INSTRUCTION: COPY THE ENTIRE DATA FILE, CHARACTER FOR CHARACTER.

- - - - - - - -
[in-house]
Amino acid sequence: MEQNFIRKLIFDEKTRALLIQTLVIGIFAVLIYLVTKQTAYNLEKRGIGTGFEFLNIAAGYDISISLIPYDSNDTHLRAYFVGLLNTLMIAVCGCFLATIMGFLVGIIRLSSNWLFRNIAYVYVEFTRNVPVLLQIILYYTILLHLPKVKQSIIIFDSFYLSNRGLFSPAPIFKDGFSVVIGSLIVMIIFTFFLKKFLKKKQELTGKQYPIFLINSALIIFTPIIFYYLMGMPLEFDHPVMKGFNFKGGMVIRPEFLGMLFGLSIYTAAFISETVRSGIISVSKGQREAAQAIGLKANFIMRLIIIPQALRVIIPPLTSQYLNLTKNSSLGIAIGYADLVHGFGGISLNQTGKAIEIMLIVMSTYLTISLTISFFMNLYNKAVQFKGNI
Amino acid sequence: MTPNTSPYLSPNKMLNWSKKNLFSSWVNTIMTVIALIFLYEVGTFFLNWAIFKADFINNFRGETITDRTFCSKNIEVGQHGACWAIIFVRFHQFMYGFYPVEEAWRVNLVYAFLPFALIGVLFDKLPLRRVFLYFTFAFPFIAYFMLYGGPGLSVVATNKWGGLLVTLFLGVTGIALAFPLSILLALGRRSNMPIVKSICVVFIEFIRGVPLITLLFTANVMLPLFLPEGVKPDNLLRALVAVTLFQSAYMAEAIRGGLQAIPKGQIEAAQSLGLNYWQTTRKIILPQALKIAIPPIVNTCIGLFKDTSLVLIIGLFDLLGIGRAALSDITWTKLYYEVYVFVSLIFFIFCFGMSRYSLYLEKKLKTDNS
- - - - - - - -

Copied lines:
[in-house]
Amino acid sequence: MEQNFIRKLIFDEKTRALLIQTLVIGIFAVLIYLVTKQTAYNLEKRGIGTGFEFLNIAAGYDISISLIPYDSNDTHLRAYFVGLLNTLMIAVCGCFLATIMGFLVGIIRLSSNWLFRNIAYVYVEFTRNVPVLLQIILYYTILLHLPKVKQSIIIFDSFYLSNRGLFSPAPIFKDGFSVVIGSLIVMIIFTFFLKKFLKKKQELTGKQYPIFLINSALIIFTPIIFYYLMGMPLEFDHPVMKGFNFKGGMVIRPEFLGMLFGLSIYTAAFISETVRSGIISVSKGQREAAQAIGLKANFIMRLIIIPQALRVIIPPLTSQYLNLTKNSSLGIAIGYADLVHGFGGISLNQTGKAIEIMLIVMSTYLTISLTISFFMNLYNKAVQFKGNI
Amino acid sequence: MTPNTSPYLSPNKMLNWSKKNLFSSWVNTIMTVIALIFLYEVGTFFLNWAIFKADFINNFRGETITDRTFCSKNIEVGQHGACWAIIFVRFHQFMYGFYPVEEAWRVNLVYAFLPFALIGVLFDKLPLRRVFLYFTFAFPFIAYFMLYGGPGLSVVATNKWGGLLVTLFLGVTGIALAFPLSILLALGRRSNMPIVKSICVVFIEFIRGVPLITLLFTANVMLPLFLPEGVKPDNLLRALVAVTLFQSAYMAEAIRGGLQAIPKGQIEAAQSLGLNYWQTTRKIILPQALKIAIPPIVNTCIGLFKDTSLVLIIGLFDLLGIGRAALSDITWTKLYYEVYVFVSLIFFIFCFGMSRYSLYLEKKLKTDNS